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Handling Events In ReactJS

February 25, 2019

Handling events in ReactJS is very similar to how it’s done on DOM elements. There are a few differences though.

Event names are camelCased, so instead of onclick you have to use onClick:

<button onclick="toggleDropdown()">Categories</button>
// DOM example

<button onClick={toggleDropdown}>Categories</button>
// JSX example

Also as you can see event handler function instead of a string.

Event Handlers

Event handlers are defined as methods on class based components:

class ExampleComponent extends React.Component {
    handleClick(e){
        // ... code to be executed on click
    }
}

All handlers receive an event object that adheres, cross-browser, to the W3C UI Events spec.

Reference To this

If you are going to use reference do this in your event handler, for example to call this.setState - don’t forget to bind it.

class ExampleComponent extends React.Component {
    state = {counter: 0}

    increment(e){
        this.setState({counter: this.state.counter + 1})
        // Here you'll get an error because of wrong
        // reference to `this`
    }

    render(){
        return <button onClick={this.increment}>Increment</button>
    }
}

You have several options on how to bind this:

Bind In Render

You can use Javascript method bind right where you assign your event listener to make it keep correct reference to this.

render(){
  return <button onClick={this.increment.bind(this)}>Increment</button>
}

Downside of this method is that increment function will be allocated on each render. In some cases it will lead to performance drop.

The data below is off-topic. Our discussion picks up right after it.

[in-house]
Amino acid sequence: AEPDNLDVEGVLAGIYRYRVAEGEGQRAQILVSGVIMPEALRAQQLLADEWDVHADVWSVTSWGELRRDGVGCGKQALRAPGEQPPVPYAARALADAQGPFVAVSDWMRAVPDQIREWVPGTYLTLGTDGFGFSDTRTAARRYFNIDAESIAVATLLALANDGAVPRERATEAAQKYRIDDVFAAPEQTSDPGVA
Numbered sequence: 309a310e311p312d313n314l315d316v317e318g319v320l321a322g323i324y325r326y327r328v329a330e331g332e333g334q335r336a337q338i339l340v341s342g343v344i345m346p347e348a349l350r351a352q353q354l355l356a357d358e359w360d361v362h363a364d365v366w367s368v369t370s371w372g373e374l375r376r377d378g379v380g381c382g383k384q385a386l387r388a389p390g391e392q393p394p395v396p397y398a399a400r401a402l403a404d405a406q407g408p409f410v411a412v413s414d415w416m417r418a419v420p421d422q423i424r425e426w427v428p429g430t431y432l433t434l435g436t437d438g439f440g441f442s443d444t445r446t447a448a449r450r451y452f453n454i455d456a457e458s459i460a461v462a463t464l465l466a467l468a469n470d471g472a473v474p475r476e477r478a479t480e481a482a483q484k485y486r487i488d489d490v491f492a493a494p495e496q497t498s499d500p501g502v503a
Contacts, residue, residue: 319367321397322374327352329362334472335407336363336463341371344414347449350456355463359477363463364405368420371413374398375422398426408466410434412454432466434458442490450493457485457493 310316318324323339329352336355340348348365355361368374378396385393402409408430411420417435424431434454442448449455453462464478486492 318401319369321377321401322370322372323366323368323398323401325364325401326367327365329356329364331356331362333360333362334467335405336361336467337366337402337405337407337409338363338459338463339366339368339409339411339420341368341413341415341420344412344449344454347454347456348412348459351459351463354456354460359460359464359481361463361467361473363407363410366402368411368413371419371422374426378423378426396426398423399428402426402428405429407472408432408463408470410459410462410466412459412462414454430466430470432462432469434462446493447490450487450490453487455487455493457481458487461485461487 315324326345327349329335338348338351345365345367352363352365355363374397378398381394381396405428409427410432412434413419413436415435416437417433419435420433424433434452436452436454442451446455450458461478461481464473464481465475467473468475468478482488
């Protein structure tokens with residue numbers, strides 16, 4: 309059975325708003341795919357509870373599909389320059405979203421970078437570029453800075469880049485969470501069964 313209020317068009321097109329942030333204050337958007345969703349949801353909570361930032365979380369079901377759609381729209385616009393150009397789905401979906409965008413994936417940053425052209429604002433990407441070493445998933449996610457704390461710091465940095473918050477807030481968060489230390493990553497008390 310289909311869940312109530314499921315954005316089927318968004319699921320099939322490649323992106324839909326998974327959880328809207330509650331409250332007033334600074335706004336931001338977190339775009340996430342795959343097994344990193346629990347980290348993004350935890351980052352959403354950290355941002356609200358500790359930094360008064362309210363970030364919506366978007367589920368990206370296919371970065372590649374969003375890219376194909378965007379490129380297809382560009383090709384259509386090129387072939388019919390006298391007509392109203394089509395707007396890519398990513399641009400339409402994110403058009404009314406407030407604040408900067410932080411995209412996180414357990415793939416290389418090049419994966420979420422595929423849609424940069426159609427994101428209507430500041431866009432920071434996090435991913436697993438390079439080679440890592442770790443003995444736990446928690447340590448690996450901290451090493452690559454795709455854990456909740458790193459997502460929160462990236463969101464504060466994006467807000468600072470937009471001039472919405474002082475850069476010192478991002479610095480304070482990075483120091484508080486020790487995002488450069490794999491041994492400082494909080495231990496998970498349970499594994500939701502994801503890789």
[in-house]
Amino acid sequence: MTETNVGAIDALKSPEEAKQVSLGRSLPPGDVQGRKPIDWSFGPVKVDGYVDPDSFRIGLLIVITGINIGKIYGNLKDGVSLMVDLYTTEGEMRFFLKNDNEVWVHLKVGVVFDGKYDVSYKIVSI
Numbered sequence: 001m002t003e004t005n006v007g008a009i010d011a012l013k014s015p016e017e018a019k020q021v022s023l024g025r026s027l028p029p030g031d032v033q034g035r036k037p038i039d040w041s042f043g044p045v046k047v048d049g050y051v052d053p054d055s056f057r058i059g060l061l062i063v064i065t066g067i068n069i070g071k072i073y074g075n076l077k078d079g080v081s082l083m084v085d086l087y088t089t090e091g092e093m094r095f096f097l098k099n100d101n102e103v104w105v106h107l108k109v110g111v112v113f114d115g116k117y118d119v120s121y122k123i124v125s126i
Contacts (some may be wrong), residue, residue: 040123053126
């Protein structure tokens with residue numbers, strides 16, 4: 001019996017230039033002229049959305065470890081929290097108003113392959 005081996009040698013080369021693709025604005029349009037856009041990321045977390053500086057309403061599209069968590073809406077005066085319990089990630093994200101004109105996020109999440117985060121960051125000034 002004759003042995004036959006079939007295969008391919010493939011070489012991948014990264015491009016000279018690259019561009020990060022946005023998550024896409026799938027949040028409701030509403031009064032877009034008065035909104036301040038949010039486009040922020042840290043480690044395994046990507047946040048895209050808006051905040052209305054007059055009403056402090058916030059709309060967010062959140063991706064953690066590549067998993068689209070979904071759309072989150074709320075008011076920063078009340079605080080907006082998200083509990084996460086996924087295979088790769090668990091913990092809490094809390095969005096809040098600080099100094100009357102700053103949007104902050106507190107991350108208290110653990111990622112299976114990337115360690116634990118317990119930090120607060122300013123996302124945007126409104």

Arrow Functions In Render

Alternatively you can use arrow functions. You can use them in render() method:

render(){
  return <button onClick={e => this.increment(e)}>Increment</button>
}

This will cause same problems as with binding functions in render().

Bind In Constructor

You can avoid allocating function on every render if you call bind inside of the constructor.

class ExampleComponent extends React.Component {
  constructor(props){
    super(props);
    this.handleChange = this.handleChange.bind(this);
  }
//...

This is preferred way of binding.

Arrow Functions In Class Property

If you use babel with the property initializing syntax (enabled by default in create-react-app) you can define your handlers as arrow functions on your class fields.

class ExampleClass extends React.Component {
  // ...

  increment = e => {
    this.setState({counter: this.state.counter + 1})
    // Here it will have correct reference to `this`
  }

  // ...
}
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